Daughters, Marshall's 1991 novel, has been widely acclaimed. According to the author, the novel explores significant personal themes. "Ursa is a young urban woman trying to come to terms with the two worlds that shaped her….Her mother is American, her father West Indian. [I] wanted to write something that was symbolic of the two wings of the black diaspora in this part of the world." Defining the role of the female—upwardly mobile, well-educated—in the black diaspora is the cog around which Daughters turns. In the New York Times Book Review, Susan From berg Schaeffer saw that the key for Ursa is in what she learns from those most important in her life. Ursa learns that "to be human one must be of use. To be of use, men and women must work together—and that the relationship between the sexes is far more complicated than Ursa has ever imagined." Working together involves a struggle—sometimes erupting in conflict between men and women. Ursa discovers by novel's end that she must not evade struggle/conflict toward a common goal. She learns to stop allowing love for another to becloud her judgment, as in the case of ignoring the corruption that her father, Primus, confused with success. Ursa learns that she is "hobbled by love of her father … and so complete is his possession of her that she needs to 'abort' him." Ursa must break free to define herself, continue to be "useful," continue to love all humans, yet not be bogged down by that love and get off course. "Marshall shows us how … women can—and perhaps should—find themselves becoming men's consciences."
Marshall's novel, The Fisher King, published in 2000, is a multigenerational story that serves as a "wonderful rendering of the African diaspora (from Brooklyn to Paris) in its many complexities," observed Adele S. Newson-Horst in World Literature Today. "Set against the backdrop of a triangular relationship, The Fisher King at once celebrates and delineates the nuances of diaspora interactions—a reality perhaps best captured by the musical form of jazz," Newson-Horst observed. In the 1940s, widow Ulene Payne struggles to make a living, but makes whatever sacrifices are necessary to provide classical piano lessons for her talented son, Everett (also known as Sonny-Rett). Her neighbor, Florence McCullum, lives in elegance and has little trouble providing for her daughter, Cherisse, who is blessed with a wonderful singing voice and has great promise as a singer. But Sonny-Rett soon discovers that classical piano is not to his liking, and begins to play in jazz clubs, where his reputation is made and strengthened. Cherisse, too, abandons her formal singing career and accompanies Sonny to his gigs, along with her best friend, Hattie Carmichael. Soon, Sonny-Rett and Cherisse are married, and Hattie becomes manager of their business affairs. Rather than embracing their children's success in the jazz field (which was then considered a scandalous form of music), Ulene and Florence are mortified and bitterly disappointed that Sonny-Rett and Cherisse did not follow the path provided to them. To escape their parents' resentment—as well as deepening racism throughout America—Cherisse, Sonny-Rett, and Hattie move to Paris and sever ties with family and friends in the United States. Each family blames the other for the problem, and a generations-long feud begins to smolder.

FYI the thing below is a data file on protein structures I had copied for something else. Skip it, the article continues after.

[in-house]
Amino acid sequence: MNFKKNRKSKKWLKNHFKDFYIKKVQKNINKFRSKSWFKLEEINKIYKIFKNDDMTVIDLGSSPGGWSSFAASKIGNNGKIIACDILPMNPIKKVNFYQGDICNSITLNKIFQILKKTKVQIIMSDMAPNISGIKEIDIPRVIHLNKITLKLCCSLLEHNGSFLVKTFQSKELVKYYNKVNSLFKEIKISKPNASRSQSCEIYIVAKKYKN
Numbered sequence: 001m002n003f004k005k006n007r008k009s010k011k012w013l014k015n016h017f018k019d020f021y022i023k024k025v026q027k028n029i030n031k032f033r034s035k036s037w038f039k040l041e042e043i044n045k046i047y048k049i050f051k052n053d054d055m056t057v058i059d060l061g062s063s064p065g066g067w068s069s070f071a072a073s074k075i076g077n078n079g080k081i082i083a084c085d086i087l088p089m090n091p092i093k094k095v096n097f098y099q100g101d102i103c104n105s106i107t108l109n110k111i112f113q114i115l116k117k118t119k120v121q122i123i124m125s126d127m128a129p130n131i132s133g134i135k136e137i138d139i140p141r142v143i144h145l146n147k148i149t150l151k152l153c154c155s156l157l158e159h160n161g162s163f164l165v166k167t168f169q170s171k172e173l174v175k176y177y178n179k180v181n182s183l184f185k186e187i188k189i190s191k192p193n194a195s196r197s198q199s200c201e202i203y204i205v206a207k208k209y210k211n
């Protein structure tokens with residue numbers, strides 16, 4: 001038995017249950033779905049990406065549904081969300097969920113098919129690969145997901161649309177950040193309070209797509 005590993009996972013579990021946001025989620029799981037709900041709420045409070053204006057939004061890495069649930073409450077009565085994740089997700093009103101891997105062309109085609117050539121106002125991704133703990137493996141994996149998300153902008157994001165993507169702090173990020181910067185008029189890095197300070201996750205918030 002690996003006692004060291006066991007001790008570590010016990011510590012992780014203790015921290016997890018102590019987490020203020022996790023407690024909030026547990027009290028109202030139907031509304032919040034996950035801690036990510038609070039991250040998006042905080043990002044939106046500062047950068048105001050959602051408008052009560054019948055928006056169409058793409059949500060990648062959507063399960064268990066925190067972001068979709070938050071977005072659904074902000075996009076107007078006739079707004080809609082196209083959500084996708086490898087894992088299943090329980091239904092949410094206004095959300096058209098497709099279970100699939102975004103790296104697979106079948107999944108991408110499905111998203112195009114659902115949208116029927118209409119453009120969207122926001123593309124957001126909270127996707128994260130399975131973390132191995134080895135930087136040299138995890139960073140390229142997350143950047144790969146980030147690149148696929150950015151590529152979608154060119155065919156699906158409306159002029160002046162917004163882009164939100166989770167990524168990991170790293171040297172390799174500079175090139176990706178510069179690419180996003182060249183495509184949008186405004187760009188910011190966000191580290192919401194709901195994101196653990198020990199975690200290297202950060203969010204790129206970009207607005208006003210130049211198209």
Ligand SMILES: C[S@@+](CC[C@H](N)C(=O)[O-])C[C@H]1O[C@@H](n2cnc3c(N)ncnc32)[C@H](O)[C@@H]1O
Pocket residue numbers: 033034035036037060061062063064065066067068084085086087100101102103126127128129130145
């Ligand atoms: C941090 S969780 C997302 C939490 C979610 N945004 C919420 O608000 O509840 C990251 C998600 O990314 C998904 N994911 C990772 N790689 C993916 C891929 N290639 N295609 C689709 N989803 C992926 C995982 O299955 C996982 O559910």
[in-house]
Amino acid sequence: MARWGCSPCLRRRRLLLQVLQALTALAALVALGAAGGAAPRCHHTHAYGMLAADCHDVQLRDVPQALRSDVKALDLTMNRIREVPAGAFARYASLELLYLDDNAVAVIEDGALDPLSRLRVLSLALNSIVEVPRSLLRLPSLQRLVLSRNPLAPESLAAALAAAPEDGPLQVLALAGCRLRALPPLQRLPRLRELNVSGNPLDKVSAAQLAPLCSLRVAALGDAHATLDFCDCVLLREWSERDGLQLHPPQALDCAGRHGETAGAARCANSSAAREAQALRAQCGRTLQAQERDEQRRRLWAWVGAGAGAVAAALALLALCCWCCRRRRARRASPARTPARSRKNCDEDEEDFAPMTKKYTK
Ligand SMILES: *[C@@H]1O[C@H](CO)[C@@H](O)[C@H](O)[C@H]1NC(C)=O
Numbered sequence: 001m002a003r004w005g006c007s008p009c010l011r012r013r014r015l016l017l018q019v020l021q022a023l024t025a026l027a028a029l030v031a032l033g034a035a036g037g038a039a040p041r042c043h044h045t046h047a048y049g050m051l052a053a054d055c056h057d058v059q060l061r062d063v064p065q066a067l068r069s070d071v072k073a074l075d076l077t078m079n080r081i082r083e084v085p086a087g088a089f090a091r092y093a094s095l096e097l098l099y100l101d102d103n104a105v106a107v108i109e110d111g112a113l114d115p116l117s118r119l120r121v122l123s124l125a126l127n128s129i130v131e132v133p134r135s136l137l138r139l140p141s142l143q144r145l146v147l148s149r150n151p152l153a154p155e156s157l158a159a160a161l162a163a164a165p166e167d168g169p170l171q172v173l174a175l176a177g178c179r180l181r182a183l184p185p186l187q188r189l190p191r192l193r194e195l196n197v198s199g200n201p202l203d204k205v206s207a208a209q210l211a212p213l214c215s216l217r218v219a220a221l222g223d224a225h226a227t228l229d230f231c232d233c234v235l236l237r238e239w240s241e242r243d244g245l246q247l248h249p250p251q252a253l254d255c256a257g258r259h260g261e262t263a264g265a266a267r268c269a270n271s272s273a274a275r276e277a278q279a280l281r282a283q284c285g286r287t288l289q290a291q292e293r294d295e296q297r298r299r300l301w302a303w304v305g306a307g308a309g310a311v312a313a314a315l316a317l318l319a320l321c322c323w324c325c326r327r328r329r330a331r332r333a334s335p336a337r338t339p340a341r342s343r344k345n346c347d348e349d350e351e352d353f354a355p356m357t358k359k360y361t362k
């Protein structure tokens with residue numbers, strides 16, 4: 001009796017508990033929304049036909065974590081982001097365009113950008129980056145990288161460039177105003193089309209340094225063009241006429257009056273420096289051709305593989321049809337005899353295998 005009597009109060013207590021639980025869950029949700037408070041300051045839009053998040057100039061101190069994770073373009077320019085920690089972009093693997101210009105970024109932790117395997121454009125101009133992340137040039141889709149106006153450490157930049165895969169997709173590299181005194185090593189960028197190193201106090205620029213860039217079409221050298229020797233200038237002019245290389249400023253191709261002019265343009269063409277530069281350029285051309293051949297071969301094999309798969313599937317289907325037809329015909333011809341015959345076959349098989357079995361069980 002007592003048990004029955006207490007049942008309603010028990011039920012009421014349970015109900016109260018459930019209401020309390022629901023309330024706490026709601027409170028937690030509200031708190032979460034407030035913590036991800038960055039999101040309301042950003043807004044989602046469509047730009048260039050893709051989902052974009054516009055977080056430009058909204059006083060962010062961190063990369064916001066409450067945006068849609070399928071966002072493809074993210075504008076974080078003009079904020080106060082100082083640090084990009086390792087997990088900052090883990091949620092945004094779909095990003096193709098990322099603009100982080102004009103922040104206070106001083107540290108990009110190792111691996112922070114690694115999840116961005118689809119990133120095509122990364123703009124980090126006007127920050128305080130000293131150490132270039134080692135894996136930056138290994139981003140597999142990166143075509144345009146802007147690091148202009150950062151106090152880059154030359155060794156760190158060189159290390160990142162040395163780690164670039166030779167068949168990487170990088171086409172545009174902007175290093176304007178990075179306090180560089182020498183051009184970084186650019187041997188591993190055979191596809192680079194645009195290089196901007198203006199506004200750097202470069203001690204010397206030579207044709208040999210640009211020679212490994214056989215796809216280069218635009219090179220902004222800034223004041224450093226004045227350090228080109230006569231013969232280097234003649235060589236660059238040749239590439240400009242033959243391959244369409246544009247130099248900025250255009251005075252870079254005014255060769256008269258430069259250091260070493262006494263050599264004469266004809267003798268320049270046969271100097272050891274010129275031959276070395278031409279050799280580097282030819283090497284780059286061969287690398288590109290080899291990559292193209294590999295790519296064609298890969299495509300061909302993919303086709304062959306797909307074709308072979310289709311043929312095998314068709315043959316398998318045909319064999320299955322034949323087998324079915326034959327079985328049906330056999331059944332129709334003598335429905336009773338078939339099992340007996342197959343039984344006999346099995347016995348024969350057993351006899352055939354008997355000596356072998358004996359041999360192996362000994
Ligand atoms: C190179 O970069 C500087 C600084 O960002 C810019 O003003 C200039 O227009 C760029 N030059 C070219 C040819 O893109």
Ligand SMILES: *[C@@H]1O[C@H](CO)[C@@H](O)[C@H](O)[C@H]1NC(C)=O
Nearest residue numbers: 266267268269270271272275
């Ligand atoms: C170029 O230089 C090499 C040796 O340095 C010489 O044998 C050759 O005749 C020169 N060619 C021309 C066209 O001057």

At the novel's opening, it is forty years since the trio left for Europe. Sonny-Rett and Cherisse are dead, and Hattie is the parent, friend, and guardian of their grandson, who is also called Sonny. When Sonny-Rett's brother, Edgar, a successful developer, seeks to inaugurate his neighborhood music hall with a concert honoring the memory and music of his brother, he finds Hattie and Sonny in Paris and flies them in for the event. Hattie chafes at returning, but goes for Sonny's sake. Florence and Ulene find a common interest in great-grandson Sonny, who tries in his own way to reunite the fractured families. "Jazz gives the novel its pulse, but finally this is a family drama, and Marshall beautifully evokes the myriad ways that families are torn asunder when love and power intermingle," commented Bill Ott in Booklist. A Publishers Weekly reviewer observed that "Marshall writes with verve, clarity, and humor, capturing the cadences of black speech while deftly portraying the complexity of family relationships and the social issues that beset black Americans." Similarly, Maxine E. Thompson, writing on the BookReporter Web site, noted that "the writing itself is subtle and quiet but exciting. Marshall has an ear for dialect, and her plots are well thought out." New York Times reviewer Lori Leibovich remarked that the "prose is full of expert dialogue, mellifluous rhythms, and sharply drawn portraits of Sonny-Rett's loved ones." Newson-Horst called The Fisher King "a national treasure as much as the musical form it employs to tell the story of the diaspora."
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DeLamotte, Eugenia G., Places of Silence, Journeys of Freedom: The Fiction of Paule Marshall, University of Pennsylvania Press (Philadelphia, PA), 1998.
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Melchior, Bernhard, "Re/Visioning" the Self away from Home: Autobiographical and Cross-cultural Dimensions in the Works of Paule Marshall, P. Lang (New York, NY), 1998.
Morgan, Janice T., and Colette T. Hall and Carol L. Snyder, editors, Redefining Autobiography in Twentieth-Century Women's Fiction: An Essay Collection, Garland, 1991, pp. 135-147.
Pettis, Joyce Owens, Toward Wholeness in Paule Marshall's Fiction, University Press of Virginia, 1996.